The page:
2. You are making the false assumption that banks actually care about stopping skimming and/or protecting their customers (either fiscal or data).

      Protection costs money. The customer’s money. Not the bank’s.

    3. Umm hello, $50 fix here… an arduino-based GSM signal detector. Banks mount it inside the atm between the keyboard and card slot. Even a person with a cell phone will have a weaker signal than a device 2 inches away, transmitting. Not that effen hard to figure out.

      It’s even easier to figure out that 5c of shielding will make your fix wholly ineffective.

  6. So… the police will sit and watch people have their card info stolen while they wait for the skimmers to return for their gear?

    1. For non-GSM skimmers, that’s reasonable — the criminals don’t have the info until they physically retrieve the skimmer.

      1. For non-GSM skimmers, that’s reasonable — the criminals don’t have the info until they physically retrieve the skimmer.

        I’m not certain that it is reasonable. Even with a store-and-retrieve device, my data is being captured unnecessarily. A lot of people along the chain of evidence are now going to get access to my information who otherwise would not have, and I am uncomfortable with that happening when it can be prevented.

        The police could disable the storage mechanism before the stakeout, perhaps, but I’d be happy with a simple warning being given to the cardholders after using the machine. I just don’t find any indication of that happening.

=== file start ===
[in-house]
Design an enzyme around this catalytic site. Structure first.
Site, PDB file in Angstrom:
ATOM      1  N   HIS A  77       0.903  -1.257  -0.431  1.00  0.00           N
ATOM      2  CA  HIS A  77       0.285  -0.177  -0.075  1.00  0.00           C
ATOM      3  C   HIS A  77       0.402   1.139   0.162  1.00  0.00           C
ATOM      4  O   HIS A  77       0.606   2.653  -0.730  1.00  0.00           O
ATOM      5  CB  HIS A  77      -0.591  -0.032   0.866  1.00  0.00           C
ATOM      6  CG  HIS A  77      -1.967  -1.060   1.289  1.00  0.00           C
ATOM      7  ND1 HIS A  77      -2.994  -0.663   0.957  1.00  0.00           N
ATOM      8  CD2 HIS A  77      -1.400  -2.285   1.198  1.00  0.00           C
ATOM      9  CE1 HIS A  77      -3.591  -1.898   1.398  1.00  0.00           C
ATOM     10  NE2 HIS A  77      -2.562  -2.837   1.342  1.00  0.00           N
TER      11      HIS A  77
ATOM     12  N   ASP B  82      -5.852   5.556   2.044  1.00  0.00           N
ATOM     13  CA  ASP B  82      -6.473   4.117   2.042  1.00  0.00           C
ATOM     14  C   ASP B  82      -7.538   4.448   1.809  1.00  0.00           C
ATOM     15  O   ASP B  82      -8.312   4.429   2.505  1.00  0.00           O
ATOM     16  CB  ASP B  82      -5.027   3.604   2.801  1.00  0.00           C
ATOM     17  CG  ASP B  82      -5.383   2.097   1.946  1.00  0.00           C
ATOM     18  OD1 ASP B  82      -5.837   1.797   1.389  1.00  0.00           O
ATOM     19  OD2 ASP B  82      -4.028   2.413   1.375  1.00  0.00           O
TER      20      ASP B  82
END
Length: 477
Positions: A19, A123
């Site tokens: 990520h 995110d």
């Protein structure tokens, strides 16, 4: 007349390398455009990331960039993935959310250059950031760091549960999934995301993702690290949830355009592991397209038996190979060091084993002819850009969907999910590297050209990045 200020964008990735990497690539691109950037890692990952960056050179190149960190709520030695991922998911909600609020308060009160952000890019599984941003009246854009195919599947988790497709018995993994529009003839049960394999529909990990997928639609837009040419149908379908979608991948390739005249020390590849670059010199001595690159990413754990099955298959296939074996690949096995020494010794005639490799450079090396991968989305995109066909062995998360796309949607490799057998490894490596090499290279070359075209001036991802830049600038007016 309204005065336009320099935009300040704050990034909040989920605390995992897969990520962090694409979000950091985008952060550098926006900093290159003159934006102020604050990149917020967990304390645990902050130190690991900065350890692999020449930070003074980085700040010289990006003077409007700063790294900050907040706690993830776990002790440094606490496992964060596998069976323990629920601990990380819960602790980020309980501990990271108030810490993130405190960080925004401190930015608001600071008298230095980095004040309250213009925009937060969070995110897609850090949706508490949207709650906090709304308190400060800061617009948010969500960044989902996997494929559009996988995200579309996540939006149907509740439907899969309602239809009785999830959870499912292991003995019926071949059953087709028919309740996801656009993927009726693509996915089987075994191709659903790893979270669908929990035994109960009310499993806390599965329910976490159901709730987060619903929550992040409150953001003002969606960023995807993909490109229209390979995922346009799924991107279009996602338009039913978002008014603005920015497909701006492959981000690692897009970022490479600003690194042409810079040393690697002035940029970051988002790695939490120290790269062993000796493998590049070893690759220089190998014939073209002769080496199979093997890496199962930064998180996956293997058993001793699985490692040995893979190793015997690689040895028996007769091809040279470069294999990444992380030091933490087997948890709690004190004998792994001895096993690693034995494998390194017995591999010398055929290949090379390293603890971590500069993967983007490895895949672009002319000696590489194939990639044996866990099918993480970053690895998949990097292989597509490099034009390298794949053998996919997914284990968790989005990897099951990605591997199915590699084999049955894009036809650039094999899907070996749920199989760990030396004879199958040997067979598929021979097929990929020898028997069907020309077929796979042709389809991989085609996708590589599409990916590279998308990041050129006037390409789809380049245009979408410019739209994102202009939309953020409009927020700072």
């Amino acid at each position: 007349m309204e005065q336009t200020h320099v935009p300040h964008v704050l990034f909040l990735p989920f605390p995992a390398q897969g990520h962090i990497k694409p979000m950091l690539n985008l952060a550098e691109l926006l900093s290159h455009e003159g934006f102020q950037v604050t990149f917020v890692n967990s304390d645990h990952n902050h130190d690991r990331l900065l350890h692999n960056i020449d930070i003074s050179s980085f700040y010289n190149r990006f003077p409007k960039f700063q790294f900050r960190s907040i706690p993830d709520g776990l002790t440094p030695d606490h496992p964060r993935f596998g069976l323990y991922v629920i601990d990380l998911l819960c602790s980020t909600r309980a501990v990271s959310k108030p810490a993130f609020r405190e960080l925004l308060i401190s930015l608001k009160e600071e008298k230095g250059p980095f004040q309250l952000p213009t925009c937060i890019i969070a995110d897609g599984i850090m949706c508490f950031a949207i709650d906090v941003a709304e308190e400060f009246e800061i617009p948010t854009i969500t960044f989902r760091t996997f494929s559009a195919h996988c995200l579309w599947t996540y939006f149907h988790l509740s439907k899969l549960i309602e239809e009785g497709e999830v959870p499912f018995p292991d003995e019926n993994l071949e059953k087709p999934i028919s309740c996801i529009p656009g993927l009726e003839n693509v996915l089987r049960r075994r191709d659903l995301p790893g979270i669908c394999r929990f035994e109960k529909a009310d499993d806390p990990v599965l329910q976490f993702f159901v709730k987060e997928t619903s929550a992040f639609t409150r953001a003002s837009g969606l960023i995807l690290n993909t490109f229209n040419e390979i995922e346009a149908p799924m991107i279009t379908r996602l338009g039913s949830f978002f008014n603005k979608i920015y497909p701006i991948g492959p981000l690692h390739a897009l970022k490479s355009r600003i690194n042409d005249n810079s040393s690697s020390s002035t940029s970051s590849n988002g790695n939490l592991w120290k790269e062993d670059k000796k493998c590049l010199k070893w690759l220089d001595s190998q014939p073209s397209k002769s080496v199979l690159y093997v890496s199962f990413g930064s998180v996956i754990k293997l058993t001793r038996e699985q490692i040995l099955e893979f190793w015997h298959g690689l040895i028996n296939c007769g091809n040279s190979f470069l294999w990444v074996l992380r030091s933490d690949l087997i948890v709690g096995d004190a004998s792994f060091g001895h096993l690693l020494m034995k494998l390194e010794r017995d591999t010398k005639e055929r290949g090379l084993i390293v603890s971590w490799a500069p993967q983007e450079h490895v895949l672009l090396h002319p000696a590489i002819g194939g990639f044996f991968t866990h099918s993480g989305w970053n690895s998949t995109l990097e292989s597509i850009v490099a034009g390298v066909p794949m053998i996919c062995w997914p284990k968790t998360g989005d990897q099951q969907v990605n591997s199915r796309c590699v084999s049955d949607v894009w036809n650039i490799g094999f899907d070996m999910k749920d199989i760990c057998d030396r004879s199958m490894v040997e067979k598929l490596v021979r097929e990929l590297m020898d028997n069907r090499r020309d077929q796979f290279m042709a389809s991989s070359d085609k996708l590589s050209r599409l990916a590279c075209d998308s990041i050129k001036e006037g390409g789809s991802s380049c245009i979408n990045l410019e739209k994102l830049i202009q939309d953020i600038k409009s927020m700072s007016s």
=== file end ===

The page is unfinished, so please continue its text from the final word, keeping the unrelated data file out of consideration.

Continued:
2. The point is that they can do so with a normal skimmer which stores the data for later retrieval, as once the guy returns to collect it they arrest him and take it as evidence, but if they don’t realise that it’s a GSM one they can be sitting there eating donuts and waiting all day in vain for the guy to return, while peoples’ details are still successfully stolen without their knowledge.

      1. Why the hell can’t the bank see them installing these in the first place? I thought they all had security cameras. And how about putting a flat plate up around the card slot and keyboard that blocks anything from being attached and makes any attempt to glue or bolt something on look obvious?